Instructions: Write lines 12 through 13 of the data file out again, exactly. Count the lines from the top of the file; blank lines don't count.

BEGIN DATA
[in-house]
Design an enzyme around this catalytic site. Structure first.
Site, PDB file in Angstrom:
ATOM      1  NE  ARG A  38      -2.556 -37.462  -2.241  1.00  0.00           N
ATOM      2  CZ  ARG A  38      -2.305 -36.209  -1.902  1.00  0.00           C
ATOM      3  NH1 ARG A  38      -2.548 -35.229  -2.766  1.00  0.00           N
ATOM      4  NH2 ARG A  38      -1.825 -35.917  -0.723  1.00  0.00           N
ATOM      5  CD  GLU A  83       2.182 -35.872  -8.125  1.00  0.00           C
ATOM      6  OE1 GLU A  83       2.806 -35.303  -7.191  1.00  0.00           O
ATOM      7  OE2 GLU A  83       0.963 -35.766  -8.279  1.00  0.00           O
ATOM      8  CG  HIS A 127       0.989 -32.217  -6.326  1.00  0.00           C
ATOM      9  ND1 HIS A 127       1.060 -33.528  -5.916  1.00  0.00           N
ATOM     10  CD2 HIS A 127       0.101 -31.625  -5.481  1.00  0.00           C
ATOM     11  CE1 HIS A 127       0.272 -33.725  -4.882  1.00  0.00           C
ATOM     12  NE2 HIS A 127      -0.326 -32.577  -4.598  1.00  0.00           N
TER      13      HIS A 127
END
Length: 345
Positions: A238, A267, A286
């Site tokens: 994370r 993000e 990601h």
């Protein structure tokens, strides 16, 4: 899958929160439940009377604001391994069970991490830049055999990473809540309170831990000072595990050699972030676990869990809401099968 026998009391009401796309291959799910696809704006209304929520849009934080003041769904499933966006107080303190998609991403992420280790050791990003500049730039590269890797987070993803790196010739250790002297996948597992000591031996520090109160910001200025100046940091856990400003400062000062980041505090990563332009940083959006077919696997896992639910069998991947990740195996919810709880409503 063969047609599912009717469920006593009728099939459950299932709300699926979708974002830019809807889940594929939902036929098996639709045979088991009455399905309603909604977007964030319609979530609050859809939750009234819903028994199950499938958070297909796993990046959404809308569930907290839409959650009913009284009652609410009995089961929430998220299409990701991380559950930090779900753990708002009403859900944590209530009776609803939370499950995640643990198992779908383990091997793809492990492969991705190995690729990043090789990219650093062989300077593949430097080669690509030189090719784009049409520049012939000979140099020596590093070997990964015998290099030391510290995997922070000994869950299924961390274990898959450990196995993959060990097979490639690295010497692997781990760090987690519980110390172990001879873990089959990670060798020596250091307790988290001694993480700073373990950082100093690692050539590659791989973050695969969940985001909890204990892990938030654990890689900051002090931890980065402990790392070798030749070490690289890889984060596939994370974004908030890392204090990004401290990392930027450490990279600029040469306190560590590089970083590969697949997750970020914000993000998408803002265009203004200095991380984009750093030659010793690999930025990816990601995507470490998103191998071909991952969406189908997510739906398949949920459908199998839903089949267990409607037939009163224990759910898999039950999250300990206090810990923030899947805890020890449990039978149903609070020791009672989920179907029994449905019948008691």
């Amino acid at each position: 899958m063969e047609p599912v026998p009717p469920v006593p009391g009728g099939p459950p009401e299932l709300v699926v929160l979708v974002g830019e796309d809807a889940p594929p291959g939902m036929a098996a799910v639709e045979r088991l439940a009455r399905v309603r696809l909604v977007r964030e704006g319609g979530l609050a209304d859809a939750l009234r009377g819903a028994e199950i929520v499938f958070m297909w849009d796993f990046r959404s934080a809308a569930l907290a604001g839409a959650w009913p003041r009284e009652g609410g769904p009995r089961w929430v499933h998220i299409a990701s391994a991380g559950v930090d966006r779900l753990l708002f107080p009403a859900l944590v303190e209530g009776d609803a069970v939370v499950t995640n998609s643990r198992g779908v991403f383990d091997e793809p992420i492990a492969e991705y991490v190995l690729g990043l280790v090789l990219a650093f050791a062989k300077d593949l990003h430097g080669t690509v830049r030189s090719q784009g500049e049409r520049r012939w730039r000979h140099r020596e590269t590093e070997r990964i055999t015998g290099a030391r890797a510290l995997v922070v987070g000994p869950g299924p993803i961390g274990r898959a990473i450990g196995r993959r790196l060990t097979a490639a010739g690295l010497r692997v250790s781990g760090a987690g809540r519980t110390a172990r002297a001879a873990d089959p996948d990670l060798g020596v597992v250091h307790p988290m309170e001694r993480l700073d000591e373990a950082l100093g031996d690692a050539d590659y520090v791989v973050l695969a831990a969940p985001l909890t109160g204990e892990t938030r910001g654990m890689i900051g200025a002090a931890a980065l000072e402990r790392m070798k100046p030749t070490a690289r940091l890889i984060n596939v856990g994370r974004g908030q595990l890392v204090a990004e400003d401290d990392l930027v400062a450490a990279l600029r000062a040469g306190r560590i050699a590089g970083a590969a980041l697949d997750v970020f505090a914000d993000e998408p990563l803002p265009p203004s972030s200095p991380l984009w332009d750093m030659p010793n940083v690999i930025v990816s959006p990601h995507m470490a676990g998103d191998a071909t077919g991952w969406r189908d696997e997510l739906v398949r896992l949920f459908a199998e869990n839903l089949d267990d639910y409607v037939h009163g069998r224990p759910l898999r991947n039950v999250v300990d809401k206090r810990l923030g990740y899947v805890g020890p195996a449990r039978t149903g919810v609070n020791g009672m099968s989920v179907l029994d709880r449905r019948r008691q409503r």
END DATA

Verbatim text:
ATOM      9  ND1 HIS A 127       1.060 -33.528  -5.916  1.00  0.00           N
ATOM     10  CD2 HIS A 127       0.101 -31.625  -5.481  1.00  0.00           C